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Primary or secondary sewage sludge in medium and large WWTP are most often processed by anaerobic digestion, as a method of conditioning, sludge quantity minimization and production. With the aim to achieve the best results of sludge processing several modifications of technologies were suggested, investigated and introduced in the full technical scale. Various sludge pretreatment technologies before anaerobic treatment have been widely investigated and partially introduced. Obviously, there are always some limitations and some negative side effects. Selected aspects have been presented and discussed. The problem of nitrogen has been highlighted on the basis of the carried out investigations. The single and two step mesophilic and thermophilic anaerobic waste activated sludge digestion processes, preceded by preliminary hydrolysis were investigated. The aim of lab-scale experiments was pre-treatment of the sludge by means of low intensive alkaline and hydrodynamic disintegration. Depending on the pretreatment technologies and the digestion temperature large ammonia concentrations, up to 1800 mg NH4/dm3 have been measured. Return of the sludge liquor to the main sewage treatment line means additional nitrogen removal costs. Possible solutions are discussed. INTRODUCTION The anaerobic sewage sludge digestion process is a well-established and widely applied technology at medium and large wastewater treatment plants. It is an attractive environmental friendly and economic technology with possible to achieve energy recovery. The main advantage is changing the visual and physical characteristic properties of the raw sewage sludge retained in primary settling tanks. The digested raw sludge as well as waste activated sludge have a dark black colour due to the presence of ferrous sulfide (FeS) and an acceptable odour. In the past, digested sludge was dried at ambient conditions for several months, and was turned to a consistence similar to ordinary garden earth. Also it was considered that the sludge does not contain pathogenic microorganisms. Primary mechanical treatment, followed by biological sewage treatment, in the case of medium and large treatment plants is rather seldom at present. Most often biological enhanced nutrients removal technologies based on modified activated sludge process are applied. In effect only surplus activated sludge has to be rejected, which is defined as Waste Activated Sludge (WAS). A large part of WAS are microorganism cells, which are more difficult to biodegrade under anaerobic conditions. Nevertheless, it is expected to reduce about 40% of the overall load of waste sludge to be disposed. Also degradation of organic material results in the production of containing about 5570% CH4, which can be used as a valuable source of energy. Other beneficial features include the stabilization of sludge, the improvement of sludge dewater ability, and the potential to inactivate and reduce pathogenic microorganisms. Anaerobic sludge digestion has also some limitations, such as the length of time it takes for the sludge to be digested and the ineffectiveness of totally breaking down the solids . The rate limiting step, mainly in the case of WAS, is agreed to be the hydrolysis of organic matter. In order to overcome the slower (much more difficult) WAS biological hydrolysis, pre-hydrolysis technologies (in front of the anaerobic digester) are to be applied. The pre-hydrolysis technologies have been widely investigated in the last two decades. They include chemical, mechanical, ultrasonic, thermal, thermo-chemical and microbiological methods. Some of the technologies have already been implemented on the full technical scale. Pretreatment processes as well as the sludge digestion conditions can influence the quality of sludge and the sludge supernatant. Each of the pre-hydrolysis technologies, also defined as sludge disintegration technologies, causes a desired increase of soluble chemical oxygen demand (SCOD) or proteins in the liquid. It is assumed that organic matter solubilisation permits easy transformation to methane in the methanogenesis step of anaerobic digestion. Solubilisation of organic matter is also effected by the increased temperature in mesophilic (about 36°C) and thermophilic (about 55°C) conditions. Especially the increase of the temperature of about 20°C to the level of thermophilic conditions results in about fivefold increase of the level of dissolved COD (SCOD). According to Sørensen et al.  there is a shift in the kinetics of different processes in the anaerobic degradation, and a certain inhibition of the methane producing bacteria. Nevertheless, anaerobic thermophilic WAS digestion has gained much attention in recent years. The advantages claimed include enhanced hydrolysis of complex organic materials, better volatile solids destruction, higher production and high pathogen destruction . The thermophilic anaerobic digestion in practice is used in combination with mesophilic digestion as the first or secondary step. The two stages of anaerobic digestion are substantiated by a higher sensibility of thermophilic anaerobic digestion to inhibitory substances or such factors as temperature changes. The thermophilc digestion process is not always fully justified. Bhattacharya et al.  reported a relatively low volatile organic compounds removal rate of only 9.7%, what they considered to be not sufficient to justify the use of thermophilic sludge digestion. The decomposition of organic matter results also in nitrogen compounds release. Proteins, aminoacids and urea are the main carriers of nitrogen. Nitrogen in proteins is bonded either as amino groups -NH2 or as "peptic bonds" -NH-CO-. Ammonium (NH4+) and free ammonia (NH3) are the two most predominant forms of inorganic nitrogen present in the fermenter. Chen et al.  reported that free ammonia is the most toxic of both due to the fact that it can pass through the cell membrane into the cell causing proton imbalance and potassium deficiency. The part of ammonia concentration present as NH4+ or free ammonia NH3 depends on the temperature and pH. Experiments , with treatment of protein-rich substrates (10% wt. of nitrogen) have shown that ammonium nitrogen concentrations can achieve the range of 5 to 10 g N/dm3 and the observed inhibition effect on production of methane starts with concentration of ammonium nitrogen of about 1 200 mg N-NH4+/dm3 and rise of ammonia up to 3 000 mg N-NH4+/dm3. Also rise of pH value to the range 8.59.0  due to the shift to a higher ratio of free to ionized ammonia could bring the decrease in methane production to only 1520% of original value. With increase of pH, the NH4/NH3 ratio decreases dramatically. Although rise of temperature has a positive effect on the microbial growth rate it also results in a higher free ammonia concentration. Anaerobic thermophilc digestion of WAS leads to release of around 30 g N-NH4+/kg TS, what is equal to 55% of the nitrogen content in the sludge . It is well known that thermophilic digestion is more easily inhibited due to the presence of free ammonia than mesophilic digestion. Eventual increase in the amount of VFA at thermophilic conditions can result in pH decrease and consequently to a lower free ammonia concentration. As given by Liu and Sung  and summarized by Appels et al. , ammonia concentrations below 200 mg/dm3 are beneficial to the process of anaerobic digestion because nitrogen is an essential nutrient for the micro-organisms. Free ammonia of 560568 mg N-NH3/dm3 can cause a 50% inhibition of methanogenesis at pH 7.6 under thermophilic conditions . The acetogenic population is more tolerant than the methanogens. When the concentration of ammonia was increased to 40515734 mg N-NH3/dm3, the acidogens were hardly affected whereas the methanogens lost 56.1% of their activity . However, the methanogenic bacteria can be acclimated to ammonia inhibition as a result of a shift in the methanogenic population or because of internal changes in the predominant methanogenic species. Chen et al. (2008) and Sung and Liu (2003) showed that the acclimated methanogens bacteria could tolerate concentrations up to 2 g N/dm3 in thermophilic conditions without inhibition, albeit with total inhibition of the methanogenic activity when a concentration of 10 g N/dm3 was reached. In general, however, it is assumed that ammonia-nitrogen concentration in the range of 1500 to 3000 mg/dm3 is suspected to have an inhibitory effect on anaerobic digestion. Minimization of ammonia concentration in the supernatant is a critical problem to be solved or at least mitigated. This is especially important in the case of reject water return to the biologically treated main wastewater stream. In this study, therefore, effects of selected pre-treatment technologies (pre-hydrolysis) as well as conditions of excess activated sludge anaerobic digestion have been discussed and investigated. MATERIALS AND METHODS Sludge pre-treatment and anaerobic digestion Excess sludge denominated as Waste Activated Sludge (WAS) was taken from a local municipal wastewater treatment plant in the south of Poland. The plant was working according to the Enhanced Biological Nutrient Removal (EBNR) processes, without primary settling tanks. The plant was designed for a flow of 120 000 m3/d. At present the amount of treated wastewater is about 90 000 m3/d. Solid retention time (SRT) is about 14 days and the concentration of mixed liquid suspended solids (MLSS) is 4.34.7 g/dm3. Sludge samples (WAS) where collected from the secondary settling tanks. The average concentration of suspended solids (SS) was about 9.5 g/dm3. The anaerobic digestion experiments were performed in glass fermenters (3.0 dm3 volume). The reactors were located in thermostatic conditions, with a constant temperatures 35±1°C and 55±1°C, what means under mesophilic and thermophilic conditions respectively. In addition to batch separate anaerobic fermentation experiments at mesophilic or thermophilic conditions for a period of 25 days, two stage experiments, mesophilic process followed by thermopilic process were also carried out. In the case of the two stage digestion experiments, the duration of the first stage, the mezophilic stage was 10 days, and the thermophilc process was continued for a period of 15 days. The feed to the experimental reactors consisted of a mixture of 20% inoculum and various parts of pre-treated (WASD) or not pre-treated WAS. In the pre-treatment processes chemical and physical destruction methods were applied. The compositions of the sludge feed are elucidated along presented appropriate experimental data. The experimental set up is shown in Fig. 1. NaOH WAS 80%WAS + 20%DS pH 9 70%WAS + 20%DS + 10%WASD 60%WAS + 20%DS + 20%WASD 40%WAS + 20%DS + 40%WASD 20%WAS + 20%DS + 60%WASD recirculation chamber 20%DS + 80%WASD nozzle WASD WAS waste activated sludge; DS digested sludge; WASD waste activated sludge after disintegration pressure pump Fig. 1. Experimental set up of disintegration and fermentation processes For chemical WAS disintegration (lysis of microorganisms cells) sodium hydroxide (NaOH) 2M was used. NaOH was added to samples of activated sludge in amounts sufficient to maintain a given pH value (8, 9, 10 and 11) for 30 minutes. Approximately from 0.8 to 6 mL NaOH (2M) per dm3 of WAS. For physical destruction of WAS the process of hydrodynamic disintegration was applied. The experimental set up for hydrodynamic disintegration execution consisted of a 12 bar pressure pump, rating 0,54 kWh, output 500 dm3/h, which recirculated sludge from a 25 litre volume container, through a 1.2 mm nozzle. To force 25 litres of WAS through the nozzle 3 minutes were required. Disintegration was carried out for 15, 30, 60 and 90 minutes. The chemical disintegration pre-treatment process (mainly at pH 9), followed by hydrodynamic disintegration for 30 minutes was also used. That process could be understood as a hybrid disintegration technology (WASD). Analytical methods All chemical analyses were performed for samples before and after each stage of disintegration and during anaerobic digestion. All chemical and physical parameters were determined according to the procedures given in the Standard Methods for Examination of Water and Wastewater (19th ed.) . The proteins concentration was determined by the Lowry method . For determination of the concentration of soluble chemical oxygen demand (SCOD), proteins, ammonium nitrogen, nitrate nitrogen, nitrite nitrogen and phosphates a spectrophotometer HACH DR5000 was applied. Samples was centrifuged in all cases by 10 min at 30 000 g and then filtrated on paper filter. For colorimetric determinations a spectrophotometer HACH DR/5000 was used. pH was measured with a WTW inoLab Level2 meter, equipped with a SenTix K1 electrode for pH. RESULTS AND DISCUSSION The effects of alkalization and hydrodynamic disintegration on organic matter release According to the described procedure of waste activated sludge (WAS) solubilization, NaOH was added before hydrodynamic disintegration. Different doses of NaOH were added, what resulted in different values of pH in the range of 6.5 up to 12. The value of pH measured after 30 min of the selected dose addition was given as real alkalization value. The duration of 30 min was selected because in that period the solubilization quantity was 6071% of total solubilized organic matter. Similar solubilization time can also be found in other papers [4, 17, 26]. However, the effectiveness of anaerobic digestion in terms of solids removal, gas production and nutrients release here presented were carried out at pH 9. High pH values above 10 causes protein to lose their natural shape, saponification of lipid and hydrolysis of RNA. Destruction of bacteria cells and release of enzymes results in hydrolytic lysis of polypeptides. The WAS microorganisms destruction rate was measured as changes of soluble chemical oxygen demand value (SCOD) Fig. 2. Also the dissolution of proteins was determined (see Fig. 3). SCOD [mg O2/dm3] 3000 chemical disintegration (alkalization) 2500 chemical disintegration + hydrodynamic disintegration 0 6 7 8 9 10 pH 11 12 13 14 Fig. 2. Release of SCOD after alkalization only and alkalization + hydrodynamic disintegration processes Proteins [mg/dm3] 700 chemical disintegration (alkalization) 600 500 400 300 200 100 0 6 7 8 9 10 pH 11 12 13 14 chemical disintegration + hydrodynamic disintegration Fig. 3. Proteins dissolution after alkalization only and alkalization + hydrodynamic disintegration processes Nutrients in the process of anaerobic digestion Liquids associated to WAS in general contain similar concentrations of nitrogen compounds to the treated biologically wastewater. Although the WAS is partially thickened before feeding to the anaerobic digesters, the concentration of nitrate nitrogen reaches most often the highest values, like in the presented example below in Fig. 4. Concentration [mg/dm3] 9 8 7 6 5 4 3 2 1 0 N-NO2 0,06 8,50 1,21 N-NO3 N-NH4 Fig. 4. Concentration of nitrogen forms in WAS liquid Disintegration of WAS has very limited effect on the nitrogen compounds concentration. The concentration of all the investigated nitrogen forms nitrites, nitrates and ammonia nitrogen, increases due to disruption of microorganisms and external organic matter. A most pronounced increase happened in the case of nitrate nitrogen. The highest release of nitrate nitrogen can be explained by aerobic condition in the process of hydrodynamic disintegration, and also oxidation by hydroxyl radicals generated in the cavitation process. The obtained results are totally different from the results of nitrogen compounds solubilization given by Feng et al. . Ultrasound WAS disintegration in the range of 500 to 26 000 kJ/kg TS resulted in ammonia nitrogen increase from 10 to 43 mg N-NH4+/dm3, with almost no increase of nitrates at the level of about 6 mg N-NO3/dm3 . Assuming that the concentration of nitrogen is about 1619% in proteins, then the total amount of nitrogen forms is not released in proportion to proteins dissolution. The change of nitrogen compounds with the time of disintegration is shown in Fig. 5. Concentration [mg/dm3] 20 18 16 14 12 10 8 6 4 2 0 0 15 30 60 Time of disintegration [min] N-NH4 N-NO3 N-NO2 Fig. 5. Increase of nitrogen forms dissolution with time of disintegration Comparing the amount of proteins released (Fig. 3) to the amount of nitrogen compounds dissolved (Fig. 5) it becomes evident that the proteins are not decomposed in the process of hydrodynamic disintegration. Decomposition of proteins occurs later under anaerobic biodegradation processes enhanced by the increased temperature. There is a different situation in the case of phosphates. The activated sludge flocs are an agglomeration of bacteria maintained together due to the presence of extracellular exopolymers (EPS). Cloete and Oosthuizen  have examined the composition of extracellular exopolymers and found that they contained on average between 27% and 30% phosphorous. Disintegration of activated sludge flocs results therefore in mechanical destruction of EPS and bacteria dispersion as well as partial or complete bacteria cells destruction itself. Anaerobic sludge digestion under mesophilic or thermophilic conditions leads to further dissolution of phosphates . In the process of anaerobic digestion a drastic increase of ammonia nitrogen is observed. Degradation of proteins and other nitrogenous organic compounds are the key nitrogen release substances. The proteins denaturation under increased temperature is however very important. The carried out investigations of classic mesophilic digestion conditions, at the temperature of 35±1°C for 21 days, led to the release of ammonianitrogen between 700 to 750 mg N-NH4+/dm3 (Fig. 6), in the liquid associated to discarded anaerobic digested sludge. 800 700 600 500 400 300 200 100 0 Before fermentation After 21 day of fermentation Fig. 6. The effects of ammonia nitrogen release at mesophilic anaerobic digestion (six different series, consecutively with disintegrated activated sludge participation of 0, 10, 20, 40, 60 and 80%, plus 20% inoculum) High ammonia nitrogen concentrations in the sludge liquor are very common. For example, Borowski and Szopa , have presented ammonia concentrations in the range of 900 to 1000 NH4+/dm3. There are exceptions however, Sung and Santha  measured average ammonia concentrations as high as 2330 mg NH4+/dm3. The concentration of ammonia nitrogen in reject waters depends very much on the feed sludge biomass concentration. The activated sludge biomass contains nitrogen in the range between 70 to 90 g TKN/kg TS. The higher concentration of the biomass, the higher the concentration of ammonia nitrogen in the reject water can be. As already mentioned before, the pre-treatment processes contributed to the drastic increase of ammonia nitrogen concentration before sludge anaerobic digestion. The impact of the pre-treatment processes used in this study, i.e. alkalization and hydrodynamic disintegration, on the concentration of ammonia nitrogen is minor (Fig. 4). The amount of disintegrated activated sludge in the feed, being 10 up to 80% (Fig. 7), had a very limited influence on the concentration of ammonia nitrogen in the digested sludge slurry. In all experiments, as already mentioned, the sludge feed composition always included 20% inoculum (20%DS sludge from an active digester). The inoculum had therefore a distinct influent on the ammonia nitrogen concentration in sludge quality before the anaerobic fermentation (Fig. 6). A two stage mesophilic and thermophilic digestion process was investigated. The increase of the temperature to 55°C resulted in a further increase of ammonia nitrogen concentration to a range of 12001400 mg N-NH4+/dm3 (Fig. 7). Mesophilic stage t Serie1 Serie2 Serie3 p Thermophilic stage Fig. 7. Ammonia nitrogen concentration in the sludge liquor after mesophilic and thermophilic (second stage) digestion (average values for three series of experiments with different parts of pre-treated surplus sludge) In other series of investigation of WAS samples the increase of ammonia concentration under thermophilic condition was not so drastic (Fig. 8). 1000 900 800 700 600 500 400 300 200 100 0 Before fermentation After 21 day of fermentation Fig. 8. Ammonia nitrogen release under thermophilic conditions (six different series, consecutively with disintegrated activated sludge participation of 0, 10, 20, 40, 60 and 80%, plus 20% inoculum) However, based on a notable number of experiments it could be summarized that the difference between released ammonia nitrogen under mesophilic and thermophilic digestion is in the order of 25% (Fig. 9). A similar increase of phosphates (about 25%) was also observed as a result of the thermophilic conditions i.e. temperature increase to 55°C. 1000 ammonium phosphates liquid after mesophilic condition liquid after thermophilic condition Fig. 9. Average concentrations of ammonia nitrogen and phosphates in the mesophilic and thermophilic WAS anaerobic digestion process The results of the carried out experiments based on a low intensive pretreatment processes i.e. mild chemical treatment and low disintegration pressure are characterized by a relatively low release of ammonia nitrogen and phosphates. The released concentration of ammonia nitrogen (between 700 to 1400 mg N-NH4+/dm3) in the sludge supernatant is relatively low in comparison to that of aggressive methods, e.g. thermal hydrolysis where the in-digester total ammonia nitrogen concentration can be above 2500 mg N-NH4+/dm3 or even above 3000 mg N-NH4+/dm3. The implication of the investigated two step pretreatment technology - alkalization in the first step, followed by hydrodynamic disintegration was also evaluated. The results confirm a low impact of the applied pretreatment technologyon the ammonia nitrogen concentration in the process of anaerobic digestion (Fig. 10). alkaline pretreatment pH 9 alkaline pretreatment pH 9 + hydrodynamic disintegration begining of mesophilic process end of mesophilic/begining of thermophilic process end of thermophilic process Fig. 10. The increase of ammonia nitrogen in the process of mesophlilic and next thermophilic WAS digestion The use of hybrid disintegration as a pretreatment process (alkalization + hydrodynamic cavitation) lead to an increased value of dissolution of ammonia nitrogen. However, neither the mesophilic nor the thermophilic anaerobic digestion gains from the higher disintegration rate due to additional hydrodynamic disintegration. Ammonia nitrogen removal The return of the digested sludge liquor to the main stream of wastewater treatment could add substantial amounts of phosphorous and nitrogen to be again removed in the biological processes. The additional load of phosphates can reach about 20% of the amount of raw sewage. Phosphates could be relatively easily precipitated in the form of struvite with an efficiency of above 95%. This is a relatively simple technology [9, 16] of moderate cost. Only magnesium has to be supplied to fulfill the struvite formula MgNH4PO4·6H2O. Although the technology is well established after many investigations in the past twenty years, full scale installations are rare. Partially it is because the addition of e.g. ferrous salts for iron phosphates precipitation to the main stream of wastewater treatment is relatively cheap. The problem of nitrogen returned to the main wastewater stream is much more difficult. First of all, the concentration of ammonia nitrogen in the reject liquid, as mentioned before, can reach high concentrations of about 2000 mg n-NH4+/dm3, or even above. The amount of ammonia nitrogen directly removed in the process of struvite precipitation reach only about 5%. Therefore, the returned load of nitrogen can reach 100% or more of that carried by raw sewage. In the last decade different possibilities have been investigated. Most often dedicated processes such as nitrification/denitrification, Anammox, Cannon, DEAMOX, NOx processes have been tried. A process called Short Biological Nitrogen Removal (SBNR), being a modification of the Anammox technology, seems to be very interesting . A new approach to anaerobic/aerobic sludge digestion treatment was presented by Novak et al. . Due to the high ammonia nitrogen concentration in the reject liquor, after pH increase of up to 1011, free ammonia can be stripped and in contact with sulfuric acid, ammonia sulfate can be produced. Vacuum distillation has been identified as a potentially valuable alternative . Another approach has been suggested by Suschka and Poplawski . Basically, it is struvite precipitation, providing additional phosphorous salts. Adding an external source of phosphate such as superphosphate or phosphoric acid to fulfill the formula of struvite, in relation to the ammonia nitrogen concentration in the supernatant of digested sewage sludge, ammonia nitrogen can be almost completely removed. The carried out experiments have proven that the effects of ammonia nitrogen removal are independent on the chemicals used. An example of the decrease of ammonia nitrogen concentration using superphosphate is presented in Fig. 11. The residual ammonia nitrogen concentration can vary, but values as low as 25 mg N-NH4+/dm3 can be obtained. After thermophilic sludge digestion the rejected sludge is pathogens free, and therefore the precipitated struvite can be safely used as a fertilizer in the agriculture. The precipitation of struvite requires a pH above 8.5, preferable in the order of 9.5. In the case of phosphoric acid used as a source of phosphates, the pH of the sludge liquor decreases to about 2.4. Consecutively, the pH needs to be raised in order to enable struvite precipitation. Applying Na3PO4, (super phosphate) no pH correction is needed. Ammonia nitrogen concentartion [mg/dm3] 2500 before 2000 after 0 1 2 3 4 Sample No. Fig. 11. The concentration of ammonia nitrogen in the centrate before and after addition of superphosphate and magnesium oxide CONCLUSIONS 1. The surplus activated sludge biomass decomposition in anaerobic conditions is always accompanied by ammonia nitrogen release. The concentration of ammonia nitrogen in the reject water can be very high, somewhere in the order of 1000 to 3000 mg N-NH4+/dm3. These high concentrations of ammonia nitrogen are considered to be a negative effect of sludge anaerobic digestion. If reject waters are returned to the treated wastewater main stream, the removal of the additional load of ammonia nitrogen will require additional energy. 2. Upgrading the anaerobic decomposition process at higher temperature, i.e. at thermophilic conditions, in comparison to mesophilic conditions results also, as presented in this study, in higher concentrations of ammonia nitrogen in the reject waters. 3. The released amount of ammonia nitrogen depends also on the applied pre-hydrolysis technology. It was demonstrated that the used low intensities pre-treatment hybrid technology, based on moderate alkalization increase to pH 9, followed by hydrodynamic disintegration, has a negligible impact on ammonia nitrogen release. ACKNOWLEDGEMENTS "This work was supported by the EU ROUTES project (Contract No 265156, FP7 20072013, THEME [ENV.2010.3.1.1-2] Innovative system solutions for municipal sludge treatment and management)."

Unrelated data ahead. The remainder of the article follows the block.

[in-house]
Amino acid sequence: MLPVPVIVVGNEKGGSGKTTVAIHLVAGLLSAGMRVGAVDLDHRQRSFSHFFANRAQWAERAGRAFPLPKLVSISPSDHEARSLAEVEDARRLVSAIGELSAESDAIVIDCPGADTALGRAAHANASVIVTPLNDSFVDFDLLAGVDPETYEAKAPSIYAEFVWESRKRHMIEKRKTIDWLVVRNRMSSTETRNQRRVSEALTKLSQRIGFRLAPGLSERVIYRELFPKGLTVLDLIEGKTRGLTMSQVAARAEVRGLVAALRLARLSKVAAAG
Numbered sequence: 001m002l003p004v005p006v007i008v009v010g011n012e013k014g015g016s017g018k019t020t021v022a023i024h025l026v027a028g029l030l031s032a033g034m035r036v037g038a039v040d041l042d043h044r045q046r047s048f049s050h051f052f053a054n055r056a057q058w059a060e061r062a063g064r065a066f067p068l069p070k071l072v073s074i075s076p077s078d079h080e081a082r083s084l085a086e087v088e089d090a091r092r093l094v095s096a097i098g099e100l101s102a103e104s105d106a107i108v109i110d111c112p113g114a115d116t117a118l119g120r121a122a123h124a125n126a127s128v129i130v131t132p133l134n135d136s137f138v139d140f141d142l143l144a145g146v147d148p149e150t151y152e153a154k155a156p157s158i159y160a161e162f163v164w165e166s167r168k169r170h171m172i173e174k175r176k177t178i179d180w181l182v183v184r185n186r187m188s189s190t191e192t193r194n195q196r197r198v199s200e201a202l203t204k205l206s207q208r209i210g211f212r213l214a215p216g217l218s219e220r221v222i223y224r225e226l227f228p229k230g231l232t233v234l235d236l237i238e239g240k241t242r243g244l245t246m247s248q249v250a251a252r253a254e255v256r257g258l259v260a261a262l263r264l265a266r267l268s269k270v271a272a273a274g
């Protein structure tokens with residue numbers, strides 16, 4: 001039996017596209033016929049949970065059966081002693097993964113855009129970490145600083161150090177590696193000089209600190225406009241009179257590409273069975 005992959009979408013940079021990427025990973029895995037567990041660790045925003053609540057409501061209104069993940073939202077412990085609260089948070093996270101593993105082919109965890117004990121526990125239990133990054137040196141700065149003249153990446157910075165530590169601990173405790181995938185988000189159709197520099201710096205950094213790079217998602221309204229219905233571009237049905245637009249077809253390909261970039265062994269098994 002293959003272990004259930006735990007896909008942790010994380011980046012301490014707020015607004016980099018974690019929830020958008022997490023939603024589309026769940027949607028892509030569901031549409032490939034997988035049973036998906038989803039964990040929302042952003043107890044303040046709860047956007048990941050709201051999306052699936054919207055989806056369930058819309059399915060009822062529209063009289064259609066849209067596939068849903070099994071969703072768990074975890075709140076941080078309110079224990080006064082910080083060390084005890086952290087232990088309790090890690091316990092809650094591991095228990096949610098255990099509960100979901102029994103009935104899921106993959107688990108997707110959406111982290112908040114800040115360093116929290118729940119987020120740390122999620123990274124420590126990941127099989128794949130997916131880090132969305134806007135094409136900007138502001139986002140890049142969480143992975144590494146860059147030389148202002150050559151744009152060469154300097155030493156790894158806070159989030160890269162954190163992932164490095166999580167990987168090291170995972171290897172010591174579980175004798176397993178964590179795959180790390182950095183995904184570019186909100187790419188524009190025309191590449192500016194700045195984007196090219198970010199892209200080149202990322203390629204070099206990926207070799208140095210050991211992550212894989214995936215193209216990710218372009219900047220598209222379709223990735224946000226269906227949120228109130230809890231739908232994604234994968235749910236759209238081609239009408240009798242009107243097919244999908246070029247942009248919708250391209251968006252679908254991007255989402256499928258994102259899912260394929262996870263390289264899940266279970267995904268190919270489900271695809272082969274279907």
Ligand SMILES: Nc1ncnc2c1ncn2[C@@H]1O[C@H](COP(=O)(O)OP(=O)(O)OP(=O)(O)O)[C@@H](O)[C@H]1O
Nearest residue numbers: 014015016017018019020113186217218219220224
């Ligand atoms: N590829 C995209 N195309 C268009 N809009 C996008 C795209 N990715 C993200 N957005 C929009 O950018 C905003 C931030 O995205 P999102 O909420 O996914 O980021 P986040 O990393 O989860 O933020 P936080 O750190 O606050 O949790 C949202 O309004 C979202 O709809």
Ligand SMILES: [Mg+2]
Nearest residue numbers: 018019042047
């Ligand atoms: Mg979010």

Archives of Environmental Protection – de Gruyter
Published: Jul 8, 2014